So tonight, when I anoint our young candidates with the Sacred Chrism, it is a complex sign of the Holy Spirit coming to enlighten and feed, comfort and cleanse, inspiring their Christian vocation as priests, prophets and kings, that is, as the young people of prayer and worship, of truth-seeking and truth-tellers, of leadership and service for our world today. God is coming to each of you with wisdom, courage and other gifts, and not just so you’ll feel good about yourselves….

So why, then? The word pandemic didn’t always refer to a population-wide disease. Before Galen it was used simply to refer to the whole body of people.[7] The philosopher Plato used it when referring to our natural love for humanity.[8] In the Old Testament it was said that “all men sin and fall short of the glory of God” (Gen 6:13 etc.; cf. Rom 3:23) and that “all flesh will perish like grass” (Job 34:15; Isa 40:6; cf. 1Pet 1:24). And yet there was hope, because God was a god “for all people”.[9] “It shall come to pass,” God said through the prophet Joel, “that I will pour out my Spirit upon all the people, so that your sons and daughters shall prophesy, your old people dream dreams and your young people see visions” (Joel 2:28; Acts 2:17).

In the Gospels we hear repeatedly that “all the people” were drawn to Jesus’ teaching (e.g. Mt 13:2; Mk 4:1; Lk 19:48; 21:38; Jn 8:2), that “all the people” were astonished by his miracles (e.g. Mt 12:23; Mk 5:20; Lk 18:43), that “all the people” were directed by Jesus to sit so He could teach and feed them (Mk 6:39-41; 9:15). Jesus’ coming is described as a cause of “joy for all the people” (Lk 2:10; 3:6) and that His return as judgment upon “all the people” (Mt 24:30). So the Jesus-thing, the Holy Spirit thing, is not just for young Sebastian or young Mary MacKillop being confirmed tonight, not just for God’s particular favourites of one tribe or nation, but “for all the people”.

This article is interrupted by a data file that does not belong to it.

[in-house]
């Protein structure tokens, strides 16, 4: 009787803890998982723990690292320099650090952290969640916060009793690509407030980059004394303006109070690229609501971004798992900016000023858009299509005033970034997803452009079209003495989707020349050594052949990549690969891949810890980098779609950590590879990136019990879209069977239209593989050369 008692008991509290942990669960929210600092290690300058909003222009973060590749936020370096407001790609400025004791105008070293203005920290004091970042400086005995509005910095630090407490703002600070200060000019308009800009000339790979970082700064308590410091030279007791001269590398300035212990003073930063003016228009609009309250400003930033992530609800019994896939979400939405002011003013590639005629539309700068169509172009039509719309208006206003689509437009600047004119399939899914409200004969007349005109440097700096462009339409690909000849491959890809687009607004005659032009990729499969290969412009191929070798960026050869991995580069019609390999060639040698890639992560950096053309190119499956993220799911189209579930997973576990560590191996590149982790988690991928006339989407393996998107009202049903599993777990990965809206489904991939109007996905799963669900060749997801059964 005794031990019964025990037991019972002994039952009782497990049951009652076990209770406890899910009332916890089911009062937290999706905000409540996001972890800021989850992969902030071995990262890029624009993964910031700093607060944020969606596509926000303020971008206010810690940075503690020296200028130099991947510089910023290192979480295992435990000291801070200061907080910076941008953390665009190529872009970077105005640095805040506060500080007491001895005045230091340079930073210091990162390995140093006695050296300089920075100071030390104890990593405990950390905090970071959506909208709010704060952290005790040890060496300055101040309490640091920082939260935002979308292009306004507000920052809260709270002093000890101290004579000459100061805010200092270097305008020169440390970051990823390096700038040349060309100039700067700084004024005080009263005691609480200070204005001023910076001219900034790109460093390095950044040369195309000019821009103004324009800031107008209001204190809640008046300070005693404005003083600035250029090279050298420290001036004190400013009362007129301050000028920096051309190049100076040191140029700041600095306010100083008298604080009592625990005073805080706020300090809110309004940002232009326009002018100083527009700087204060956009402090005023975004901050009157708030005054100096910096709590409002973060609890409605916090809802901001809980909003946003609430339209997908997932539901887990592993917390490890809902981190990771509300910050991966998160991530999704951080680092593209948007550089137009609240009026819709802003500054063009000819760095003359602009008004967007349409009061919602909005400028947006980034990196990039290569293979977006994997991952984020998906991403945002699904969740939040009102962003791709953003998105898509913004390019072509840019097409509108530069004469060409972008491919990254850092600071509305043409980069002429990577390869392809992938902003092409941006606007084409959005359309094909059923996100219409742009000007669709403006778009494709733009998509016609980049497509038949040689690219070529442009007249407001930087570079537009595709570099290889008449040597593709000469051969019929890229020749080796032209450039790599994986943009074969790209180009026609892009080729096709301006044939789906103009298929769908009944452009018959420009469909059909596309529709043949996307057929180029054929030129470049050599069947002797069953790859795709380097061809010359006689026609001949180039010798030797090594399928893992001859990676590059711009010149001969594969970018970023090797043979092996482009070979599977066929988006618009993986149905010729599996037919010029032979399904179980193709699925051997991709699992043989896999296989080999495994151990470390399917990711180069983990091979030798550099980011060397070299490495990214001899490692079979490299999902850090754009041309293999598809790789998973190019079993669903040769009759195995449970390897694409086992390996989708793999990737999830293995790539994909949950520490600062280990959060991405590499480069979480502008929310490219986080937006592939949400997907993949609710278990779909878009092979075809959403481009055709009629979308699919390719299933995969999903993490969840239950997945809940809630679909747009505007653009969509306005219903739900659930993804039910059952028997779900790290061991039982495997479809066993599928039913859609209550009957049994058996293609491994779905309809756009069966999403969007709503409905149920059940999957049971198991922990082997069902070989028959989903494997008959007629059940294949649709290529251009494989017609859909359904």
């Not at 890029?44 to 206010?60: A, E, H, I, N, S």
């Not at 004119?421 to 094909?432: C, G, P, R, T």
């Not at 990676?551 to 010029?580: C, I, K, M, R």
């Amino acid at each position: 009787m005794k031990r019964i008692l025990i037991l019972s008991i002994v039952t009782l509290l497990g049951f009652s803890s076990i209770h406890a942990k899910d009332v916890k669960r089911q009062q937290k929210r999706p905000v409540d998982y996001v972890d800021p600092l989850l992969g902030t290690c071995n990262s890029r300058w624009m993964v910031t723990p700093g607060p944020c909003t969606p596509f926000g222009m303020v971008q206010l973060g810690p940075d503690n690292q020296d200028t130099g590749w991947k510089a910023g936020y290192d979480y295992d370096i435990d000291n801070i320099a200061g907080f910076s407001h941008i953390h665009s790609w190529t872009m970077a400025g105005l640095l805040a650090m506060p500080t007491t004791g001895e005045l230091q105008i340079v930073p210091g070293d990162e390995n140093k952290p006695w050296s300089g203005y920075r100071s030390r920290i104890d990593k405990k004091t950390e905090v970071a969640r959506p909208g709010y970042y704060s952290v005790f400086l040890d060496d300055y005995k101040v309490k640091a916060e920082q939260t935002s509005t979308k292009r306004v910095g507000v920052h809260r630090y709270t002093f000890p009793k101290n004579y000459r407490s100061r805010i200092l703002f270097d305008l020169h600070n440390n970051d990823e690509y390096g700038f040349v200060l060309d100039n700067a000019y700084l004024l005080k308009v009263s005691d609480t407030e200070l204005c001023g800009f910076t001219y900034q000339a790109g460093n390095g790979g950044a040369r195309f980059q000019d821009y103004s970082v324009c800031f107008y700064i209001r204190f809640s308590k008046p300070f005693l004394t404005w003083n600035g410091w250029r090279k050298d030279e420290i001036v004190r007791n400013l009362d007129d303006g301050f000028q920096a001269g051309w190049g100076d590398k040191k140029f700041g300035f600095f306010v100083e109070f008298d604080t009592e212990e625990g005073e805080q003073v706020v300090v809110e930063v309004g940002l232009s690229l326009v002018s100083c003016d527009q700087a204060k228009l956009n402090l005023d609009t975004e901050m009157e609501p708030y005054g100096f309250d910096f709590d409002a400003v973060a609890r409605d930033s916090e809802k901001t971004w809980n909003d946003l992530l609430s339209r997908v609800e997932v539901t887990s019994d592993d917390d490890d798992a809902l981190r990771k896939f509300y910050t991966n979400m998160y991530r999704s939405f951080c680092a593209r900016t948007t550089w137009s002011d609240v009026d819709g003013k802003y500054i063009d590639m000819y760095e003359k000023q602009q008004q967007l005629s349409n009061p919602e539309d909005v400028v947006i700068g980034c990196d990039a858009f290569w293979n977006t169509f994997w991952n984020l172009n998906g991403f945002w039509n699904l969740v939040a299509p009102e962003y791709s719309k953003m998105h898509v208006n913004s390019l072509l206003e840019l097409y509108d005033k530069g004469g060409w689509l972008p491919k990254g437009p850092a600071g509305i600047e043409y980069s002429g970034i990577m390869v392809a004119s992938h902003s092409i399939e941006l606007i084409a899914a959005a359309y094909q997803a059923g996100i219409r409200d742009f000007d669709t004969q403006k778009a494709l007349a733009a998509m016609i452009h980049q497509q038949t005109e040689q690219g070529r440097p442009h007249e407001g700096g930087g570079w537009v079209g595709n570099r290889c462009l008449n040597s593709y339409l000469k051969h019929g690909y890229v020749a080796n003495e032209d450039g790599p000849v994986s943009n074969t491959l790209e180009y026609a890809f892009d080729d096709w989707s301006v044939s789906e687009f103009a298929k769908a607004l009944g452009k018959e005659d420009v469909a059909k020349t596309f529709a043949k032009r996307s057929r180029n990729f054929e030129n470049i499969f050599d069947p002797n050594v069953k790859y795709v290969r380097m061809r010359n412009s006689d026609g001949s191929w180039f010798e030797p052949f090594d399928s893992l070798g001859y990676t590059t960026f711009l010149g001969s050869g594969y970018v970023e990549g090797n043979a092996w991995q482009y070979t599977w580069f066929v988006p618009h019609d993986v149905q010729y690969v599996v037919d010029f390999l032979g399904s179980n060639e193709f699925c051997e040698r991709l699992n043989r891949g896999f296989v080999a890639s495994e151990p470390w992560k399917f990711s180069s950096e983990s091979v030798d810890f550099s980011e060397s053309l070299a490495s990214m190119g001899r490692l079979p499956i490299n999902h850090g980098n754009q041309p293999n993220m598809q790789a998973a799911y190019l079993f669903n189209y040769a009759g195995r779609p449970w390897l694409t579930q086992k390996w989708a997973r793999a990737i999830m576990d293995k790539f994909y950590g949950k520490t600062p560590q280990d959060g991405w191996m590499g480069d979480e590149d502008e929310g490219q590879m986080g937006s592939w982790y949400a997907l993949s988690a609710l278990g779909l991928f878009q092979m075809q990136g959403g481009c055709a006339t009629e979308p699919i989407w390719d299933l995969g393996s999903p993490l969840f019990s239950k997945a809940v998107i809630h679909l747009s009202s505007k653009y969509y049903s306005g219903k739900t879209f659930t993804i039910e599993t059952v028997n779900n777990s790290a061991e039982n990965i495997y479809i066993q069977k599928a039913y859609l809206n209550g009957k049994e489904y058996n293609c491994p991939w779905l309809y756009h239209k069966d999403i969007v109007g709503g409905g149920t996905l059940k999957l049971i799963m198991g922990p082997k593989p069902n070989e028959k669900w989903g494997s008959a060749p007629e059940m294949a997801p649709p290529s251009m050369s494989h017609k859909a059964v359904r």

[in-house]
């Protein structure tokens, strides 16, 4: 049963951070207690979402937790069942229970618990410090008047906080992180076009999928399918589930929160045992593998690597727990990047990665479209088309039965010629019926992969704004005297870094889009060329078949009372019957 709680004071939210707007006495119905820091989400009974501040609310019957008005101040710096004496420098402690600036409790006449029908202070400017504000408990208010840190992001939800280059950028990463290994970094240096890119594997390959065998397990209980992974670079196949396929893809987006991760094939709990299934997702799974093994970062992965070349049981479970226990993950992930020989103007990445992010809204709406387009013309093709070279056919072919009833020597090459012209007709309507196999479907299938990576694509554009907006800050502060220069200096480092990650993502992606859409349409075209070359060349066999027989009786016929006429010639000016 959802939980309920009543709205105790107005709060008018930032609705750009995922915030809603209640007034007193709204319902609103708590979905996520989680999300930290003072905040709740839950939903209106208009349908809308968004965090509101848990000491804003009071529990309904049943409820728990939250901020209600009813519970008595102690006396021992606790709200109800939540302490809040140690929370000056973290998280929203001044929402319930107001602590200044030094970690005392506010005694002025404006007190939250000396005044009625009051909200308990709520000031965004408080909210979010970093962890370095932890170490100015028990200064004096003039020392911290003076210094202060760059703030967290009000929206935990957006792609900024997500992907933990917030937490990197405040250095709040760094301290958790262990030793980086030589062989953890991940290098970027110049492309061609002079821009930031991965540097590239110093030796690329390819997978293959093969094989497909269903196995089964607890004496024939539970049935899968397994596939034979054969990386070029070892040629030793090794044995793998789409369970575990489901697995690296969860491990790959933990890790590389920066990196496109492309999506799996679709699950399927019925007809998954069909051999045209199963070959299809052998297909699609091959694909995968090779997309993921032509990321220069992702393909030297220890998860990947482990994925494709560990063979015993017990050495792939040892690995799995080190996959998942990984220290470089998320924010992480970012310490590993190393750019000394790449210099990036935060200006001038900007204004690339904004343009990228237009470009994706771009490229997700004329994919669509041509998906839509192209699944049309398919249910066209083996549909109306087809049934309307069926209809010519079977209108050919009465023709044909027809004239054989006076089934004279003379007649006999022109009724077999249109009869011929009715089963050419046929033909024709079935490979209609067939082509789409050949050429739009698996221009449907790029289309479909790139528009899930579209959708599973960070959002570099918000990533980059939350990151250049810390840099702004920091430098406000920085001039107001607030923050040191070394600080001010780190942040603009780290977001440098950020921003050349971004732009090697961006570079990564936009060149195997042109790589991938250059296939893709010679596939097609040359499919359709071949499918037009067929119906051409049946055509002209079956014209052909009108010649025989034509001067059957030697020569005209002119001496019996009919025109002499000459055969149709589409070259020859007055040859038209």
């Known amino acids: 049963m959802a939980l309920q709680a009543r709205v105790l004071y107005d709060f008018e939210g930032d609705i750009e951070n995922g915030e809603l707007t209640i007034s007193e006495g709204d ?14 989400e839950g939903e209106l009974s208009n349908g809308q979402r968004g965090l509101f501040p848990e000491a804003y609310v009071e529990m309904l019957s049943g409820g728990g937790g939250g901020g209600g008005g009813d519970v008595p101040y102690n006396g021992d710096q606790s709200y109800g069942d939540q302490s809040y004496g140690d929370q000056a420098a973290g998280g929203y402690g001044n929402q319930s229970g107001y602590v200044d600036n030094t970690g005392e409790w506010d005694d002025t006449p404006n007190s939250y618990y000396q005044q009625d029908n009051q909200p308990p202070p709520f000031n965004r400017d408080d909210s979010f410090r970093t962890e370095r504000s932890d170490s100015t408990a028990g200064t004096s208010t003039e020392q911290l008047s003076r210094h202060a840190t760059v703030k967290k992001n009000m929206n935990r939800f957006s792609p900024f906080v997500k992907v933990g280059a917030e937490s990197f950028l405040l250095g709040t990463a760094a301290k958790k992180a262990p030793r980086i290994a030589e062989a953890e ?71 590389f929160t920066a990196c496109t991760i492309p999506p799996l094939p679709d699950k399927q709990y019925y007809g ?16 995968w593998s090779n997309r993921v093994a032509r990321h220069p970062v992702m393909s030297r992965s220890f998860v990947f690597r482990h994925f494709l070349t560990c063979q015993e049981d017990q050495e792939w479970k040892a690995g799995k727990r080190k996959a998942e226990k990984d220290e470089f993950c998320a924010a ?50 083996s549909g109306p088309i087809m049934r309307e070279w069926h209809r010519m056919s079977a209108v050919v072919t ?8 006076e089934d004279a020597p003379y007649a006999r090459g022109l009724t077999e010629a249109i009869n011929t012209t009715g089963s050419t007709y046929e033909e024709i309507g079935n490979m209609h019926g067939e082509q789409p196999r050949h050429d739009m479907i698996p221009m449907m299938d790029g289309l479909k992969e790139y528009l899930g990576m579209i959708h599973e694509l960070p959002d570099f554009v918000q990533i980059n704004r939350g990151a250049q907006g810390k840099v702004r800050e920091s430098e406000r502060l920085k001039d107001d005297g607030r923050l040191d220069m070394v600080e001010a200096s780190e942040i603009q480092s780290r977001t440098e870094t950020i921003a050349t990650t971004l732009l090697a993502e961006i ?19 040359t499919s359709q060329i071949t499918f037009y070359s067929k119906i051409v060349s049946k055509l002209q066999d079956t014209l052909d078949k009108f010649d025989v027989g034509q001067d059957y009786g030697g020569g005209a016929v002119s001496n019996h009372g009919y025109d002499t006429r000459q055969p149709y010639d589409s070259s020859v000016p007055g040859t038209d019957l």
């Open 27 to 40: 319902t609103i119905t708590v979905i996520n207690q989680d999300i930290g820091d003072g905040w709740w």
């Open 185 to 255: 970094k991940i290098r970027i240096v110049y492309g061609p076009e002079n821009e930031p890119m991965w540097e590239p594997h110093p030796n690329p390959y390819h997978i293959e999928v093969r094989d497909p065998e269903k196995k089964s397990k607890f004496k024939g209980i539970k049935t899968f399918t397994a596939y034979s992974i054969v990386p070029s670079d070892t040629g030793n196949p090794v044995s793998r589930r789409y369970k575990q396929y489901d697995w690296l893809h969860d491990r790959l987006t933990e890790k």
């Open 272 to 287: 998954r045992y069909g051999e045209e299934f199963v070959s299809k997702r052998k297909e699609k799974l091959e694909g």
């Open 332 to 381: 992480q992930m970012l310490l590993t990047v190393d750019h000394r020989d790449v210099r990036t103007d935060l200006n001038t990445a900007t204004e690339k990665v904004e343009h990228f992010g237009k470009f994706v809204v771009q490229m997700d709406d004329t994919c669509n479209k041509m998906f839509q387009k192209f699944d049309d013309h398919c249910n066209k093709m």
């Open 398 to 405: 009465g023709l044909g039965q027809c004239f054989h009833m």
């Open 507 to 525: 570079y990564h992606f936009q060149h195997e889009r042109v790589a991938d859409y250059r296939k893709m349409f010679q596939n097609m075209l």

How will God reach all people? Well, Confirmation, we know, is the completion of our initiation into the Church and our sending forth into the world as young Christian adults, so that there might be an epidemic of “love, joy and peace; patience, kindness and goodness; trustfulness, gentleness and self-control.” To achieve that we’ll need each one of our young people to be heroes, anointed as priests, prophets and kings, as evangelists, shepherds and leaders, anointed to plant seeds of faith far and wide, to nurture the seedings with love and, in the words of our Gospel, to bring forth a rich harvest “with a noble and generous heart” (Lk 8:4-15).